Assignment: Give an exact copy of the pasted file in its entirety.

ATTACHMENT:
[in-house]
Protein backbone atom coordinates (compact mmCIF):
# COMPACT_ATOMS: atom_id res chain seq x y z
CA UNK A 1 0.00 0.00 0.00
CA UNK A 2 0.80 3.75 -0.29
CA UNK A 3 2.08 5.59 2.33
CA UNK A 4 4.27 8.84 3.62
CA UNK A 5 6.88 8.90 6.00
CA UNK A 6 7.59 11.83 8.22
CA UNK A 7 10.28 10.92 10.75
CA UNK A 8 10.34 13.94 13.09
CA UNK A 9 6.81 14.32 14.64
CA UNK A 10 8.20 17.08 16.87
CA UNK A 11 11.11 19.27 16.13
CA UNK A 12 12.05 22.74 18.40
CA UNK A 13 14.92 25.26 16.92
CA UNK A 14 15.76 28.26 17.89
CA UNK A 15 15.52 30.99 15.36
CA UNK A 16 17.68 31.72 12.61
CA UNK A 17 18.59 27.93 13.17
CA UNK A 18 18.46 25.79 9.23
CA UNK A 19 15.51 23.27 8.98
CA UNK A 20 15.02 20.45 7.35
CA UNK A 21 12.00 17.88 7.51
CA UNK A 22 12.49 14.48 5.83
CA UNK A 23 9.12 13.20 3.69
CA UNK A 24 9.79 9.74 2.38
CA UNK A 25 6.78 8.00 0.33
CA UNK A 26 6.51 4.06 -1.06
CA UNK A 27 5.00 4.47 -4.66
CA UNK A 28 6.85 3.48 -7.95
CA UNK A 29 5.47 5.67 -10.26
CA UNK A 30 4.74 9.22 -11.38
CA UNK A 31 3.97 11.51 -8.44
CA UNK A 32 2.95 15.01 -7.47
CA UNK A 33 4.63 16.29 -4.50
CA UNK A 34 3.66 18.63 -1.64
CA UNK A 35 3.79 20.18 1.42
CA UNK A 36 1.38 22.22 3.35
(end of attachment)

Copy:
[in-house]
Protein backbone atom coordinates (compact mmCIF):
# COMPACT_ATOMS: atom_id res chain seq x y z
CA UNK A 1 0.00 0.00 0.00
CA UNK A 2 0.80 3.75 -0.29
CA UNK A 3 2.08 5.59 2.33
CA UNK A 4 4.27 8.84 3.62
CA UNK A 5 6.88 8.90 6.00
CA UNK A 6 7.59 11.83 8.22
CA UNK A 7 10.28 10.92 10.75
CA UNK A 8 10.34 13.94 13.09
CA UNK A 9 6.81 14.32 14.64
CA UNK A 10 8.20 17.08 16.87
CA UNK A 11 11.11 19.27 16.13
CA UNK A 12 12.05 22.74 18.40
CA UNK A 13 14.92 25.26 16.92
CA UNK A 14 15.76 28.26 17.89
CA UNK A 15 15.52 30.99 15.36
CA UNK A 16 17.68 31.72 12.61
CA UNK A 17 18.59 27.93 13.17
CA UNK A 18 18.46 25.79 9.23
CA UNK A 19 15.51 23.27 8.98
CA UNK A 20 15.02 20.45 7.35
CA UNK A 21 12.00 17.88 7.51
CA UNK A 22 12.49 14.48 5.83
CA UNK A 23 9.12 13.20 3.69
CA UNK A 24 9.79 9.74 2.38
CA UNK A 25 6.78 8.00 0.33
CA UNK A 26 6.51 4.06 -1.06
CA UNK A 27 5.00 4.47 -4.66
CA UNK A 28 6.85 3.48 -7.95
CA UNK A 29 5.47 5.67 -10.26
CA UNK A 30 4.74 9.22 -11.38
CA UNK A 31 3.97 11.51 -8.44
CA UNK A 32 2.95 15.01 -7.47
CA UNK A 33 4.63 16.29 -4.50
CA UNK A 34 3.66 18.63 -1.64
CA UNK A 35 3.79 20.18 1.42
CA UNK A 36 1.38 22.22 3.35